When designing a PCB, the signal routing and its return are critical to the circuit working properly. Great care is usually given to routing the signals, but often the return portion is the last thing considered, or sometimes it is forgotten altogether. This presentation will talk about the importance of designing that return path, with a discussion of the physics involved, where the energy flows, the interference caused when it is not controlled, and the planes and stackup needed. Additionally, we will discuss the best ways to contain energy fields, the spacing that helps prevent problems, and the routing and return movement from layer to layer. Throughout, we will discuss some signal routes and look at the paths that might set up the best possibility for a clean return.
A differential pair is any two transmission lines. When each transmission line has a return plane, its pretty clear how the differential impedance is related to the geometry. But what if there is no return plane? How do we think about the differential impedance of a differential pair when we remove the return plane, like in a twisted pair? What quality influences the differential impedance and how do we go about measuring the differential impedance? What is really different between two transmission lines with a return plane and a twisted pair with no return plane? We will explore these questions using essential principles, 2D field solvers and TDR measurements.
When creating libraries, standards are crucial for maintaining consistency, accuracy, and reliability. Yet, even with rigid standards in place, mistakes inevitably creep into such a detail-oriented process. In this talk, we’ll explore some hair-raising footprint horror stories and how to avoid fatal footprint mistakes on your next PCB design. Delving far beyond the basics, we’ll look at the more gnarly errors that trip up engineers. For example, we all know to double-check our pin mappings, but what about how you have interpreted the component’s orientation in the datasheet? Misinterpreting a component’s top view for its bottom view is one of the top causes of bad boards that we see. Drawn from our community of 200,000 engineers, our hope is these lessons will prevent costly prototype iterations and delays on your next project. Finally, we’ll explore how to prevent these errors on your next designs. For example, by bringing in more verification into your processes through checklists or by creating an automated system for assessing the quality of your PCB footprints.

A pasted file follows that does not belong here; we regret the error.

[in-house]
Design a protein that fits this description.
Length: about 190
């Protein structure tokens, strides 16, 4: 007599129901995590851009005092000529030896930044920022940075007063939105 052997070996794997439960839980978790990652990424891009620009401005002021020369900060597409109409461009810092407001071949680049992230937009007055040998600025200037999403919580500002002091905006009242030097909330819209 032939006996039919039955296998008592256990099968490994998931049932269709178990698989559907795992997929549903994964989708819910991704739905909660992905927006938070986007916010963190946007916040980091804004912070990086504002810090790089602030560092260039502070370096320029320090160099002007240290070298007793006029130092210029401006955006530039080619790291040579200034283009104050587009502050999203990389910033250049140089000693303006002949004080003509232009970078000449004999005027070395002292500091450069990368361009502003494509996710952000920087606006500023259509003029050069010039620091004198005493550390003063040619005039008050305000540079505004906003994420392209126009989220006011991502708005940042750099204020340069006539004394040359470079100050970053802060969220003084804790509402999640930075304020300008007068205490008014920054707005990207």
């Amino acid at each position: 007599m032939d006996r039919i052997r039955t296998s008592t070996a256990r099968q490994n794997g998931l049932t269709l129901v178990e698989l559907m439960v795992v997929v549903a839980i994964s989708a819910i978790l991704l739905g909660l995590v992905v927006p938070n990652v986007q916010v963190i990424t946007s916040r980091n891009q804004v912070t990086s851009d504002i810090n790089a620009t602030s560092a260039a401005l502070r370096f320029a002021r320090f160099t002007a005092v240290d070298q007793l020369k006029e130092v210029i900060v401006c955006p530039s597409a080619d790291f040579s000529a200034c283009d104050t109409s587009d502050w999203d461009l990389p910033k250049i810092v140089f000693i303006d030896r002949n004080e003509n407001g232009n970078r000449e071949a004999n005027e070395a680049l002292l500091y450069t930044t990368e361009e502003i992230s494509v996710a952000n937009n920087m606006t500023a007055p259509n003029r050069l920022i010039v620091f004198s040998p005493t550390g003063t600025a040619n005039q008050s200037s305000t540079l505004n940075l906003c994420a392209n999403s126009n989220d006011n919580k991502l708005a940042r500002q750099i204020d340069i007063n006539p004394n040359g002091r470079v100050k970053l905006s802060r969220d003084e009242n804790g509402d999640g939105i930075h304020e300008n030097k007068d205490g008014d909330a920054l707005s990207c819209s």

There are many ways to route a PCB, some much more effective for signals than others. The first design rule is that the board must work properly, so it is important to have a plan that addresses good signal quality and crosstalk control, no matter what the frequency. In this presentation, we will start with a bit of the science to set up the reasoning for routing a certain way, then move into return current and impedance control, with a discussion of what affects those things. Starting route with an effective fanout plan sets up what is to come, and we will also explore general routing priorities and concerns. To avoid problems, routing schemes will be addressed, along with spacing, differential pair and length matched routing. Last, pros and cons of hand routing, semiautomation, and autorouting will be examined.
Some experts say you should never use a split ground plane. Others say you should use a split ground plane to control noise. When is the right time to split a ground plane? We will explore the impact of a split plane on reducing cross talk and demonstrate with a simple measurement the problem a split ground plane solves really well. Then we’ll look at why, if your design needs to take advantage of the reduced cross talk with a split plane, you are designing your product wrong.
This is a session for embedded engineers and PCB designers who have never done RF board layout but are curious and want to have a go at it. It is not for experienced microwave engineers. This practical workshop will introduce (or reintroduce) basic math associated with the topic, but the goal is to be practical and intuitive, not theoretical and esoteric. We will visualize the elements available and build and test using desktop prototyping gear.
The class is broken into two sessions (morning and afternoon). Session 1: Back to basics electromagnetic recap; transmission lines – what you need to know; EM and T-line visualizations; PCB materials and conductors for RF and microwave. Session 2: Essential transmission line evaluation skills (VSWR, S-parameters, basic simulation and visualization); introduction to the Smith chart, and how to match impedance; practical design exercise with introduction to the VNA; using the desktop CNC to mill practical prototypes (and tips to mill with accuracy); introduction to PCB antenna types.